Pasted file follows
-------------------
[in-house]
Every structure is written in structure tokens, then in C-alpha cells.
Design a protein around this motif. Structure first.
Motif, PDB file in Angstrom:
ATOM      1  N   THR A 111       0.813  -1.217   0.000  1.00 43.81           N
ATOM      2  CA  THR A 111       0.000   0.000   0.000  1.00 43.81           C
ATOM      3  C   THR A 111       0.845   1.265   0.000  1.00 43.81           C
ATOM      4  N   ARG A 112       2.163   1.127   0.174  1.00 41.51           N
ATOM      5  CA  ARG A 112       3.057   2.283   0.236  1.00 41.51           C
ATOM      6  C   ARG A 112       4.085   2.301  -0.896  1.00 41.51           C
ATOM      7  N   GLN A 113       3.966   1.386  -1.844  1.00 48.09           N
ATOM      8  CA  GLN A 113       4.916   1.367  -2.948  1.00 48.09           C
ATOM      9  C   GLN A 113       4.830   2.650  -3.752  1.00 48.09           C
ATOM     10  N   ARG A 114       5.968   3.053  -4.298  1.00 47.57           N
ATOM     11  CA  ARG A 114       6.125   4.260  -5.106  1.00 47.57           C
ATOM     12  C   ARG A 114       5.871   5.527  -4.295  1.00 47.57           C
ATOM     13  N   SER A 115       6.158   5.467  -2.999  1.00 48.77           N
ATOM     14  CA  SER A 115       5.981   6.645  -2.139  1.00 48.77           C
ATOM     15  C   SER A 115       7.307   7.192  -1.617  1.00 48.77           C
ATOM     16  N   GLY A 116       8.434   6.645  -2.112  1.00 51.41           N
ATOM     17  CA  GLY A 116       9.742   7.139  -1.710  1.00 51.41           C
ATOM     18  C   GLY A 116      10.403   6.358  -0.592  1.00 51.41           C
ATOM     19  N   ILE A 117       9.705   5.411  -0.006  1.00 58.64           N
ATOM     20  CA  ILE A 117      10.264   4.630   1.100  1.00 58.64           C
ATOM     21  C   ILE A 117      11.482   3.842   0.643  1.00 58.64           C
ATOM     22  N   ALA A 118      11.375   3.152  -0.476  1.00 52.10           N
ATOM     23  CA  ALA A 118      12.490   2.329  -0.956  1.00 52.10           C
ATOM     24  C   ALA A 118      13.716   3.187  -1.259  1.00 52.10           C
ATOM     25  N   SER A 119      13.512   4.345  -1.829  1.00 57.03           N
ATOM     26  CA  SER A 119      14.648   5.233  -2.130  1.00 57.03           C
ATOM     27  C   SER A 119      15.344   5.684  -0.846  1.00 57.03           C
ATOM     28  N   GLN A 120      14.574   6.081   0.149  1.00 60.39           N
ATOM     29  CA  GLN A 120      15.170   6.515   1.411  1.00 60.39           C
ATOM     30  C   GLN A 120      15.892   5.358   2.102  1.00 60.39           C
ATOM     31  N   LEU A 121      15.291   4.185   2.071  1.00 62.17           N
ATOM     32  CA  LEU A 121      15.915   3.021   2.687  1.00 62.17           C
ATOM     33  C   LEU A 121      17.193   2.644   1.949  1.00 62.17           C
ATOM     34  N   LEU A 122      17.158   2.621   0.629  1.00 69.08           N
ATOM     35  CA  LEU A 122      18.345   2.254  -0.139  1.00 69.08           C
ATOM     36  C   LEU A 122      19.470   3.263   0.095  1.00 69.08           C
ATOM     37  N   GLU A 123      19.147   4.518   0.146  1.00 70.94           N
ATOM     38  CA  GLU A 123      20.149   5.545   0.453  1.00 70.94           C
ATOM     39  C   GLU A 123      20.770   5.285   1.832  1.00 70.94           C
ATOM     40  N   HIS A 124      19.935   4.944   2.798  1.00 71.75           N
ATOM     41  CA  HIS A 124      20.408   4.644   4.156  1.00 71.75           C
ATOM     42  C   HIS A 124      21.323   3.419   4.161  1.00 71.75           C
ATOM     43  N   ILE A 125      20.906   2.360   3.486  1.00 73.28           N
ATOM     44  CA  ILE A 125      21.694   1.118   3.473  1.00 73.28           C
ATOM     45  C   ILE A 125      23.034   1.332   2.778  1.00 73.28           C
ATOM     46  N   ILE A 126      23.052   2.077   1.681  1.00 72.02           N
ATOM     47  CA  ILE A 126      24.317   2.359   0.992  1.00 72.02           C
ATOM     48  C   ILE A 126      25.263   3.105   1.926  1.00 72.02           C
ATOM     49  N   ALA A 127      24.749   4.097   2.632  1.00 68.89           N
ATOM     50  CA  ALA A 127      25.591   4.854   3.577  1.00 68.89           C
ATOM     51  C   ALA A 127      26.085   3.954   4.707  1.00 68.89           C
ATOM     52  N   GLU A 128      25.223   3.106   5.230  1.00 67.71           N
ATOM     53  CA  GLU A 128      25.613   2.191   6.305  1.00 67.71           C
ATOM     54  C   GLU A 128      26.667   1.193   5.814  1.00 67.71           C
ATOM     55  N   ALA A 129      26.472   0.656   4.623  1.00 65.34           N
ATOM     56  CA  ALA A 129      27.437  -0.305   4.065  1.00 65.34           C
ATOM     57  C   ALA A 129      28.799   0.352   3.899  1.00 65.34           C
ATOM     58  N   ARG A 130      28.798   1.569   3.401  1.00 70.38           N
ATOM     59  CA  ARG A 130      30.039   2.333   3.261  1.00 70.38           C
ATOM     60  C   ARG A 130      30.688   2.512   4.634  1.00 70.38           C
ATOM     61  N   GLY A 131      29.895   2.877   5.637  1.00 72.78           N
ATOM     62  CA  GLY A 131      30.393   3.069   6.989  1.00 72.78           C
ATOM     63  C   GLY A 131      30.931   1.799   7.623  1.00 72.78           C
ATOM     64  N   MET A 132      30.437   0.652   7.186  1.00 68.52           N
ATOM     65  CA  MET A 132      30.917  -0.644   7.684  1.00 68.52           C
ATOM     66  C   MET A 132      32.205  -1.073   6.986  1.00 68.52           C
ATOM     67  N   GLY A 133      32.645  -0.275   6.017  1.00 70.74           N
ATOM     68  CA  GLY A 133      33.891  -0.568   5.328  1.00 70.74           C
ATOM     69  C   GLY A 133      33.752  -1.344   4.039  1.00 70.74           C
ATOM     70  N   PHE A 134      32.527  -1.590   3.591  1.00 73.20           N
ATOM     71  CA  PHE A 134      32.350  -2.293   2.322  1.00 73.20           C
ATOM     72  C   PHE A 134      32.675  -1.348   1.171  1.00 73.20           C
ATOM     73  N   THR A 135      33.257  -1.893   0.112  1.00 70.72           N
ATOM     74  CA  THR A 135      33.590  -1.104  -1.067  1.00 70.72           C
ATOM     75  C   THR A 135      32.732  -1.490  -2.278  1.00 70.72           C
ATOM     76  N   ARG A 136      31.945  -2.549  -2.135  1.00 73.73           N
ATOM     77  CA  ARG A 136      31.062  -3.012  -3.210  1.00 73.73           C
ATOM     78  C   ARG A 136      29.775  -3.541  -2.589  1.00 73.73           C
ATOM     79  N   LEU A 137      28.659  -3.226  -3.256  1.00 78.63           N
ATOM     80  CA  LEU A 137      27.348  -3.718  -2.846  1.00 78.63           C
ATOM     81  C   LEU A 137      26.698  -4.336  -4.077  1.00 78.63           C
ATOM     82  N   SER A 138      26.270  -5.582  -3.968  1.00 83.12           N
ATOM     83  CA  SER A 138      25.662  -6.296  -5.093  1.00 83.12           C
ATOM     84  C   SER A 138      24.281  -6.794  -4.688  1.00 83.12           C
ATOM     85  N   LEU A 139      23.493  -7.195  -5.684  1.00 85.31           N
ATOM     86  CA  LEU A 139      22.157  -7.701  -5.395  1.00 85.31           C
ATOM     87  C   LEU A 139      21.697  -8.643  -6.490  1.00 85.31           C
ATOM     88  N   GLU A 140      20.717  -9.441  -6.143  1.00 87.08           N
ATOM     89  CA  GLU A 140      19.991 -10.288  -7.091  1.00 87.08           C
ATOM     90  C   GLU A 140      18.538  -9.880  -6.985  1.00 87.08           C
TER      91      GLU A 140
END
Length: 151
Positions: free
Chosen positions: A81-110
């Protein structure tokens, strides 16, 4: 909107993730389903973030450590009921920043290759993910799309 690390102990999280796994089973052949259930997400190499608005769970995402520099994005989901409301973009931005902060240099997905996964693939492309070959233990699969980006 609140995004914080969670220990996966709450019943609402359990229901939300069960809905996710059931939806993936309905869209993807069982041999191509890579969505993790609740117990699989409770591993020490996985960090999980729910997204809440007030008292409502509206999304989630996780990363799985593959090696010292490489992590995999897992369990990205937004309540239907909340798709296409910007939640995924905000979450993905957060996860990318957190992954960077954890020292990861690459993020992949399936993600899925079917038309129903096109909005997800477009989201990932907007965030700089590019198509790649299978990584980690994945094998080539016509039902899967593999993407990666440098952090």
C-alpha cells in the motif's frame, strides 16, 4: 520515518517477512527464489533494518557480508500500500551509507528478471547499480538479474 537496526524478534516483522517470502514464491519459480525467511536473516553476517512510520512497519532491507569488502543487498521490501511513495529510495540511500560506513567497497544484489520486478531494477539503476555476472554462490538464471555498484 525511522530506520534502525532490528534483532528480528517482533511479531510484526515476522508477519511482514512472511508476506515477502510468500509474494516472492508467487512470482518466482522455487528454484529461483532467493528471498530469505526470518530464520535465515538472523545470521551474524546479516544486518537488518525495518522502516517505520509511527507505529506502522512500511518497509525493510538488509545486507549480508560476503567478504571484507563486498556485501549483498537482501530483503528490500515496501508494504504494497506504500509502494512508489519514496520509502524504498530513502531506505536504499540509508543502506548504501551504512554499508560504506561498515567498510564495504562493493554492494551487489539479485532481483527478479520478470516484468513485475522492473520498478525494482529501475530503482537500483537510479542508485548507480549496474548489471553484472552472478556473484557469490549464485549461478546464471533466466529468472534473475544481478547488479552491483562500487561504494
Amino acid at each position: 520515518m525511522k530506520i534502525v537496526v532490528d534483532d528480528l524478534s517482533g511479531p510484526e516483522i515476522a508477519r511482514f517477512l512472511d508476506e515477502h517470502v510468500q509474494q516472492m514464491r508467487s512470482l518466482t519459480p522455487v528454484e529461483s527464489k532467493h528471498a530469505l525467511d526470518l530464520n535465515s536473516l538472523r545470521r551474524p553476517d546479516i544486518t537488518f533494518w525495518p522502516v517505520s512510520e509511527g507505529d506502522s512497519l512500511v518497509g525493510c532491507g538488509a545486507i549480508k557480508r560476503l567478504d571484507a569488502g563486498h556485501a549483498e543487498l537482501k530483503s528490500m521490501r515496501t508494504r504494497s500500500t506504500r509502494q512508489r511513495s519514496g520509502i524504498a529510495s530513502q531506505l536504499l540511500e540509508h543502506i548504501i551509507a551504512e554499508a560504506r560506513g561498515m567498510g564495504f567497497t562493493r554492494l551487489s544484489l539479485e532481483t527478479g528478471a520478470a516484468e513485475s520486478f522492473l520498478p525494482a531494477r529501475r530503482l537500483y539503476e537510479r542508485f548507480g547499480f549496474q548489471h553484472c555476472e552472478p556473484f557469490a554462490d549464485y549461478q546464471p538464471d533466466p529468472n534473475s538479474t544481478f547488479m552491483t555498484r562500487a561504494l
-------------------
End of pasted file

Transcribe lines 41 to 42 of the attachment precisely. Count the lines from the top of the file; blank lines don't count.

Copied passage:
ATOM     37  N   GLU A 123      19.147   4.518   0.146  1.00 70.94           N
ATOM     38  CA  GLU A 123      20.149   5.545   0.453  1.00 70.94           C